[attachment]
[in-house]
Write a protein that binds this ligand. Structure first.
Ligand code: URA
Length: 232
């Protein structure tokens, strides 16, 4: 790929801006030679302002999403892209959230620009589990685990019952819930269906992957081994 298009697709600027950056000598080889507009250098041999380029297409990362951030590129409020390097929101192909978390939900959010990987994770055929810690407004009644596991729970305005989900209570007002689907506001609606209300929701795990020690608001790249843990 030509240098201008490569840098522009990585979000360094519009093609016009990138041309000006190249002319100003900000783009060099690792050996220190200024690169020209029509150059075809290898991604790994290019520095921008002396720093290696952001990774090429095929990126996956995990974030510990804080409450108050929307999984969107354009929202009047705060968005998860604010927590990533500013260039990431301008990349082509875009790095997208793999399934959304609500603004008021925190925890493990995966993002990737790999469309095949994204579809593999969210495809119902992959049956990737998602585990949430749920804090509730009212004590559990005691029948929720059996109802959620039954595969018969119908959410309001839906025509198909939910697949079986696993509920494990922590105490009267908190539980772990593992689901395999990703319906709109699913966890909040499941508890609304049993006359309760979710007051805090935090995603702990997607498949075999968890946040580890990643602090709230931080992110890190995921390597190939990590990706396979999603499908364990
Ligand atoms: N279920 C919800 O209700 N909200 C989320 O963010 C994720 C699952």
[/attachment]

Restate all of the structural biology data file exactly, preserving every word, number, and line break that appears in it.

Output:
[in-house]
Write a protein that binds this ligand. Structure first.
Ligand code: URA
Length: 232
């Protein structure tokens, strides 16, 4: 790929801006030679302002999403892209959230620009589990685990019952819930269906992957081994 298009697709600027950056000598080889507009250098041999380029297409990362951030590129409020390097929101192909978390939900959010990987994770055929810690407004009644596991729970305005989900209570007002689907506001609606209300929701795990020690608001790249843990 030509240098201008490569840098522009990585979000360094519009093609016009990138041309000006190249002319100003900000783009060099690792050996220190200024690169020209029509150059075809290898991604790994290019520095921008002396720093290696952001990774090429095929990126996956995990974030510990804080409450108050929307999984969107354009929202009047705060968005998860604010927590990533500013260039990431301008990349082509875009790095997208793999399934959304609500603004008021925190925890493990995966993002990737790999469309095949994204579809593999969210495809119902992959049956990737998602585990949430749920804090509730009212004590559990005691029948929720059996109802959620039954595969018969119908959410309001839906025509198909939910697949079986696993509920494990922590105490009267908190539980772990593992689901395999990703319906709109699913966890909040499941508890609304049993006359309760979710007051805090935090995603702990997607498949075999968890946040580890990643602090709230931080992110890190995921390597190939990590990706396979999603499908364990
Ligand atoms: N279920 C919800 O209700 N909200 C989320 O963010 C994720 C699952």